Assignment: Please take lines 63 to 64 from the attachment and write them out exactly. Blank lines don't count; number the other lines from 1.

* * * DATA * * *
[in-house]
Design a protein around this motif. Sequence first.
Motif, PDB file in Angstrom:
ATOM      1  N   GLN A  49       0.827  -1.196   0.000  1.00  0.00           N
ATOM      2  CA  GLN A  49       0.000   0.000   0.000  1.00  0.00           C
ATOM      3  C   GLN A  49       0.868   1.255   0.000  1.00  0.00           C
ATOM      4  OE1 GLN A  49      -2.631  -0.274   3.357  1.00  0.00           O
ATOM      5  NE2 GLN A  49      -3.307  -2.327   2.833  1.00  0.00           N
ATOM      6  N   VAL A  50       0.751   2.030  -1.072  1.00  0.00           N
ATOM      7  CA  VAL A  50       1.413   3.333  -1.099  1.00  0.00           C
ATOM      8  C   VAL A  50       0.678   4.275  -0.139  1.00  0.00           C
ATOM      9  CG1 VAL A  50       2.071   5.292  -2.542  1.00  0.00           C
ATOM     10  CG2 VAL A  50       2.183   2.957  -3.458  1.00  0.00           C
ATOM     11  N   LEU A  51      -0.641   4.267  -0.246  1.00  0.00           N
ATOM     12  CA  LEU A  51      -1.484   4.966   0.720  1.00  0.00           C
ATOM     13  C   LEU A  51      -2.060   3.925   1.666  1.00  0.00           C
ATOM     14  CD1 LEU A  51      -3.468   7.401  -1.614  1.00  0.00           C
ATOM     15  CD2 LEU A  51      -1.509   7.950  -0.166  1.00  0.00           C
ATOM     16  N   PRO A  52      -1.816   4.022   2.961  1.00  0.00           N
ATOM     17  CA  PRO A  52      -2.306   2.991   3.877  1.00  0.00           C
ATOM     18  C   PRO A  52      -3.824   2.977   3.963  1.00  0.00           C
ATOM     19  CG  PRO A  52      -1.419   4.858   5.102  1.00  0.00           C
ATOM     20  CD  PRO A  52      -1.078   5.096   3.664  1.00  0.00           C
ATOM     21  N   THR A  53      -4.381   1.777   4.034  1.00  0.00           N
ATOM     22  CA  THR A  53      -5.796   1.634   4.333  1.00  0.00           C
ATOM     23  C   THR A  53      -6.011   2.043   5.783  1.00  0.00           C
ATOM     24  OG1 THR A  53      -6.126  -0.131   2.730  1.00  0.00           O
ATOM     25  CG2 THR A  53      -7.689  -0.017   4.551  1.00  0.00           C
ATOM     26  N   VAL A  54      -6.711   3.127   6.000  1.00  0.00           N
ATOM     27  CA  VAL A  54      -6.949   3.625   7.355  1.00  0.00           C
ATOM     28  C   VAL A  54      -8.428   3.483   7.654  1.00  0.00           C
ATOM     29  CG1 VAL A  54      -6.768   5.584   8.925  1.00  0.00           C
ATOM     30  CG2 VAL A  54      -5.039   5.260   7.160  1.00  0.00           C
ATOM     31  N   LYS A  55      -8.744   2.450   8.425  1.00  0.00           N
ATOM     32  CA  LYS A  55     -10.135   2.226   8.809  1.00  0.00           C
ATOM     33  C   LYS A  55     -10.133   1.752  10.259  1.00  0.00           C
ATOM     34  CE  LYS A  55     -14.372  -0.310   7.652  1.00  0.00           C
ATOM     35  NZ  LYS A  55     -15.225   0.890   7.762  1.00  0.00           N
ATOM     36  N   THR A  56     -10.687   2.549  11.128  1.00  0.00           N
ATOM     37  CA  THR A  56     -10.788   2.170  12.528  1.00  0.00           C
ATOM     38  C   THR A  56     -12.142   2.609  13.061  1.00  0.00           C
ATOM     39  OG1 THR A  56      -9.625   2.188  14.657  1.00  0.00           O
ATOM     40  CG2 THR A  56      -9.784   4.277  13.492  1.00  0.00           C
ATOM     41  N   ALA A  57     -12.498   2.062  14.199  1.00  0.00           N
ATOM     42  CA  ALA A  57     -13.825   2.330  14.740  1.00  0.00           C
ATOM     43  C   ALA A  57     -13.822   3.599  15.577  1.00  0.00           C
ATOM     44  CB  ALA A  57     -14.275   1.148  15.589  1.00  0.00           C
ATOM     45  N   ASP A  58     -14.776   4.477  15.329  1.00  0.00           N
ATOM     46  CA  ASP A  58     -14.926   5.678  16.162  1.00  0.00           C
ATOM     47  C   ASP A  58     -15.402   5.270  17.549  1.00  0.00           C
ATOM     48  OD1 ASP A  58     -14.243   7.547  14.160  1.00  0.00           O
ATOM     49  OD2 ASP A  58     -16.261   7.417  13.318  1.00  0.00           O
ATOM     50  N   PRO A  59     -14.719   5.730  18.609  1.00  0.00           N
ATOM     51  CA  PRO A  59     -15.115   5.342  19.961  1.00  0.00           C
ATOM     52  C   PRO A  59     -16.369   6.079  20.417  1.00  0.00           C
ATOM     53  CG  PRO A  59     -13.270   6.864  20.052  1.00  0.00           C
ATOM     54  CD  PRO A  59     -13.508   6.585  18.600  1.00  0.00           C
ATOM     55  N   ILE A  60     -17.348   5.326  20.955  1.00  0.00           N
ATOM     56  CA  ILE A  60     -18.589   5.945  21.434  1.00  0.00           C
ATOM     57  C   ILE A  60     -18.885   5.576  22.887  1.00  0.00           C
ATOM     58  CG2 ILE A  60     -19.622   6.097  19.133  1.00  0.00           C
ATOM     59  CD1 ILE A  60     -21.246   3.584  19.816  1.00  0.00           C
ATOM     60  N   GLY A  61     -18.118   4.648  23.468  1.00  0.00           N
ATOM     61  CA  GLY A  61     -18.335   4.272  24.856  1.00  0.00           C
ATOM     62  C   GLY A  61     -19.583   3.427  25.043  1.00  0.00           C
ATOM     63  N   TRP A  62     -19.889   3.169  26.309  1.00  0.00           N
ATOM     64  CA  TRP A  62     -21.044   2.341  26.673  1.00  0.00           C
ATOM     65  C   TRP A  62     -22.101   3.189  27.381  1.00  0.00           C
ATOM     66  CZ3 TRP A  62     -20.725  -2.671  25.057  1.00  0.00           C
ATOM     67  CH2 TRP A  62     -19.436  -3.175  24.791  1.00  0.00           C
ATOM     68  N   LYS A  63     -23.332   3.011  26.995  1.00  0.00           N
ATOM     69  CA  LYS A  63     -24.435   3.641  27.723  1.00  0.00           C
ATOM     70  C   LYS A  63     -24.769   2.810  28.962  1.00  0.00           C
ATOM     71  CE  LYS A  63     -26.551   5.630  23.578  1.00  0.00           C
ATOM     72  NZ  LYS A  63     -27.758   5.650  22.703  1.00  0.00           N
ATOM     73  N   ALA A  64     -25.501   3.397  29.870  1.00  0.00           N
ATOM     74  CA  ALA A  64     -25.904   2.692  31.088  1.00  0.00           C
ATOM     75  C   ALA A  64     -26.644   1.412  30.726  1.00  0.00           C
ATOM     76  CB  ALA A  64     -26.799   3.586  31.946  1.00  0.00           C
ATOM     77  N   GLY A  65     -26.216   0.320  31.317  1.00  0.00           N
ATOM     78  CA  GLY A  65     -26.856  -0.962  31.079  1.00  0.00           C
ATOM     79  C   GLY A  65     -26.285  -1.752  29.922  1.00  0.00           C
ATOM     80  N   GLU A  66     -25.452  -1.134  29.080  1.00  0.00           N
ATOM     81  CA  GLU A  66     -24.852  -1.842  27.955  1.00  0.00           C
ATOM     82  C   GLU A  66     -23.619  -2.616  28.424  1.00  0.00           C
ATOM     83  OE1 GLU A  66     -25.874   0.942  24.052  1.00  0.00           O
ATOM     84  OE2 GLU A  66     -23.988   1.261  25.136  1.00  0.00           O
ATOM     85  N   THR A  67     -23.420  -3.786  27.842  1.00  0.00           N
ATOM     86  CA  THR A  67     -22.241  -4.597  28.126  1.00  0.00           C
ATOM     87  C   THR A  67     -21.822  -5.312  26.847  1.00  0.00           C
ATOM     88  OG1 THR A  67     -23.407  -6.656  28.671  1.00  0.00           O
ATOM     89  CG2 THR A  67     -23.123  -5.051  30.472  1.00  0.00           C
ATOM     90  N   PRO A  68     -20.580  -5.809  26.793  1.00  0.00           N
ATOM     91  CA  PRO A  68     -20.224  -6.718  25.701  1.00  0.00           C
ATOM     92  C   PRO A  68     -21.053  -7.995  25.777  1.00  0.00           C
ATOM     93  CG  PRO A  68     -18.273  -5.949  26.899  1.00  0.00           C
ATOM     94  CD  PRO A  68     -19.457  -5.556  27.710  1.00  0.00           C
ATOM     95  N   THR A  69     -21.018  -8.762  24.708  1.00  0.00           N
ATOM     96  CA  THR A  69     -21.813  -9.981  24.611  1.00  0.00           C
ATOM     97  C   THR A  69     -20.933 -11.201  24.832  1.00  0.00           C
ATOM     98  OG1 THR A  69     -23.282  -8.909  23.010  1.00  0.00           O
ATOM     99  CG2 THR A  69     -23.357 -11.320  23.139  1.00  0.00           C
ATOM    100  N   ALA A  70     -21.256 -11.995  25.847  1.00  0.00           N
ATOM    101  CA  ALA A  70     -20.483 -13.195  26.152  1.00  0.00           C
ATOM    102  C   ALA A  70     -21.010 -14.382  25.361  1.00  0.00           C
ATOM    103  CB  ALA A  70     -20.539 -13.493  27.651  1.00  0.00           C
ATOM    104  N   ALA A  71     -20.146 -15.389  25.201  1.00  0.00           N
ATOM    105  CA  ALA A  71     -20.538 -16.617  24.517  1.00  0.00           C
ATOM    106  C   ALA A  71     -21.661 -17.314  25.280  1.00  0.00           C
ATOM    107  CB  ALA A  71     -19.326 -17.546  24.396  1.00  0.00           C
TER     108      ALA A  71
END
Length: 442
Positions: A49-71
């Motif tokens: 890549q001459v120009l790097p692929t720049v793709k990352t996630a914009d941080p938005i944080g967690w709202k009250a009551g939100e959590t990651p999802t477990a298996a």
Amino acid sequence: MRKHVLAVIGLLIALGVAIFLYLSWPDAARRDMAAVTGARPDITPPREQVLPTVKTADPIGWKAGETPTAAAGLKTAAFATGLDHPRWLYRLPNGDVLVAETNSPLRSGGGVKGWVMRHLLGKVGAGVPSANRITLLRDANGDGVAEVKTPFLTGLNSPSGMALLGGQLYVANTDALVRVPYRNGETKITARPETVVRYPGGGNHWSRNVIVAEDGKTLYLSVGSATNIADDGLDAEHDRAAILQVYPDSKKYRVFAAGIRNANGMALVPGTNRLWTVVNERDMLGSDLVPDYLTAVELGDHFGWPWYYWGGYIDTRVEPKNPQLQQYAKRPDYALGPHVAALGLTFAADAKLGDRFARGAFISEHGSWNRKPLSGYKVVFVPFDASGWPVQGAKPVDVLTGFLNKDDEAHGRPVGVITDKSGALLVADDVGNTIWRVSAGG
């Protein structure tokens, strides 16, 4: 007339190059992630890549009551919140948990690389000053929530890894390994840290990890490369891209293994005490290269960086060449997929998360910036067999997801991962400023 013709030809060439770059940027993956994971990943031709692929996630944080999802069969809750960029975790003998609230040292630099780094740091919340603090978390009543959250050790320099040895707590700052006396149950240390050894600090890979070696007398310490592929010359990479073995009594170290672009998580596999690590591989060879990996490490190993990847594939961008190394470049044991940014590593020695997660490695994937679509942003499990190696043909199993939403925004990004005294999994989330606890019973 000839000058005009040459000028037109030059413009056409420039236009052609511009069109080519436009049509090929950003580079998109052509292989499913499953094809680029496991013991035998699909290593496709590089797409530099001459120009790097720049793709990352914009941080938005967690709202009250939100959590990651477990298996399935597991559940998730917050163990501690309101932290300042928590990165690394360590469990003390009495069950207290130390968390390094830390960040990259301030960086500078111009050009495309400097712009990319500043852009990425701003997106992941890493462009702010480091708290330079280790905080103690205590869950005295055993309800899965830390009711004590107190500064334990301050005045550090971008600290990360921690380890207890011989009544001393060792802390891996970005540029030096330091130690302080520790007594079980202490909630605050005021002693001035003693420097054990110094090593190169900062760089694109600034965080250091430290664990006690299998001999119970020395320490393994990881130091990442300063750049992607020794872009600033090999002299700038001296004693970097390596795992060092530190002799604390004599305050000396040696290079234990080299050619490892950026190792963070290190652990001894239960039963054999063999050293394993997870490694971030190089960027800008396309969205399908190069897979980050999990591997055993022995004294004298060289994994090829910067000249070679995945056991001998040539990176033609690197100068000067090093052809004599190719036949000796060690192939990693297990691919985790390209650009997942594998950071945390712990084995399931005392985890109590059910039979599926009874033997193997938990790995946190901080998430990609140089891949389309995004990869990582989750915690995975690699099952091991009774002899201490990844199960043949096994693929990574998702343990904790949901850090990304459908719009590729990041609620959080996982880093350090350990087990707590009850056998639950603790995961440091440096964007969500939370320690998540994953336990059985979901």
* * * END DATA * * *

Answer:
ATOM     60  N   GLY A  61     -18.118   4.648  23.468  1.00  0.00           N
ATOM     61  CA  GLY A  61     -18.335   4.272  24.856  1.00  0.00           C